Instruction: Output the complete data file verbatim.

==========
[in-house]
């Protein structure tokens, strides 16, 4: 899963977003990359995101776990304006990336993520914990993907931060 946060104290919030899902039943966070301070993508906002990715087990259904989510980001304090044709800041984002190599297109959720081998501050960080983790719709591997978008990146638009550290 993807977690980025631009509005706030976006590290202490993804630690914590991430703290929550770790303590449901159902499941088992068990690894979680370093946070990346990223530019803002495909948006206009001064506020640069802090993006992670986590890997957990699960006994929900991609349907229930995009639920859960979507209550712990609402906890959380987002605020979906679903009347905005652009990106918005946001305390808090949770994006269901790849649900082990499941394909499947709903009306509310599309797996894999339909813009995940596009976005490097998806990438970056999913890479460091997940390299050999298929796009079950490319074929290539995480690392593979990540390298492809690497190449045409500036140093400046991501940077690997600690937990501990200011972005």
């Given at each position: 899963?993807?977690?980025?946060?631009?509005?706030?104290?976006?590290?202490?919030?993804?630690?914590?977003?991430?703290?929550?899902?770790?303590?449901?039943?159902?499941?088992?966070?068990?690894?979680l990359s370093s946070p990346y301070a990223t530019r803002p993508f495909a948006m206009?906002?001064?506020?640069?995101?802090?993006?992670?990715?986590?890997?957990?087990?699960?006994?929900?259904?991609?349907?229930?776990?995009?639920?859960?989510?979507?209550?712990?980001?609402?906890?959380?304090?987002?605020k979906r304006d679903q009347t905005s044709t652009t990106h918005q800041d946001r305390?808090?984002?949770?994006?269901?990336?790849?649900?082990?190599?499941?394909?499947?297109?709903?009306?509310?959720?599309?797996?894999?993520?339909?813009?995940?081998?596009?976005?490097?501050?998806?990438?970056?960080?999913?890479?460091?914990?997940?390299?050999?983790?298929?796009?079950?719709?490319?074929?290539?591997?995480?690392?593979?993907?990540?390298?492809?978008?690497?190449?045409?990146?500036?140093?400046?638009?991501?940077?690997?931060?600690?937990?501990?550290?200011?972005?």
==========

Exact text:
[in-house]
């Protein structure tokens, strides 16, 4: 899963977003990359995101776990304006990336993520914990993907931060 946060104290919030899902039943966070301070993508906002990715087990259904989510980001304090044709800041984002190599297109959720081998501050960080983790719709591997978008990146638009550290 993807977690980025631009509005706030976006590290202490993804630690914590991430703290929550770790303590449901159902499941088992068990690894979680370093946070990346990223530019803002495909948006206009001064506020640069802090993006992670986590890997957990699960006994929900991609349907229930995009639920859960979507209550712990609402906890959380987002605020979906679903009347905005652009990106918005946001305390808090949770994006269901790849649900082990499941394909499947709903009306509310599309797996894999339909813009995940596009976005490097998806990438970056999913890479460091997940390299050999298929796009079950490319074929290539995480690392593979990540390298492809690497190449045409500036140093400046991501940077690997600690937990501990200011972005």
């Given at each position: 899963?993807?977690?980025?946060?631009?509005?706030?104290?976006?590290?202490?919030?993804?630690?914590?977003?991430?703290?929550?899902?770790?303590?449901?039943?159902?499941?088992?966070?068990?690894?979680l990359s370093s946070p990346y301070a990223t530019r803002p993508f495909a948006m206009?906002?001064?506020?640069?995101?802090?993006?992670?990715?986590?890997?957990?087990?699960?006994?929900?259904?991609?349907?229930?776990?995009?639920?859960?989510?979507?209550?712990?980001?609402?906890?959380?304090?987002?605020k979906r304006d679903q009347t905005s044709t652009t990106h918005q800041d946001r305390?808090?984002?949770?994006?269901?990336?790849?649900?082990?190599?499941?394909?499947?297109?709903?009306?509310?959720?599309?797996?894999?993520?339909?813009?995940?081998?596009?976005?490097?501050?998806?990438?970056?960080?999913?890479?460091?914990?997940?390299?050999?983790?298929?796009?079950?719709?490319?074929?290539?591997?995480?690392?593979?993907?990540?390298?492809?978008?690497?190449?045409?990146?500036?140093?400046?638009?991501?940077?690997?931060?600690?937990?501990?550290?200011?972005?």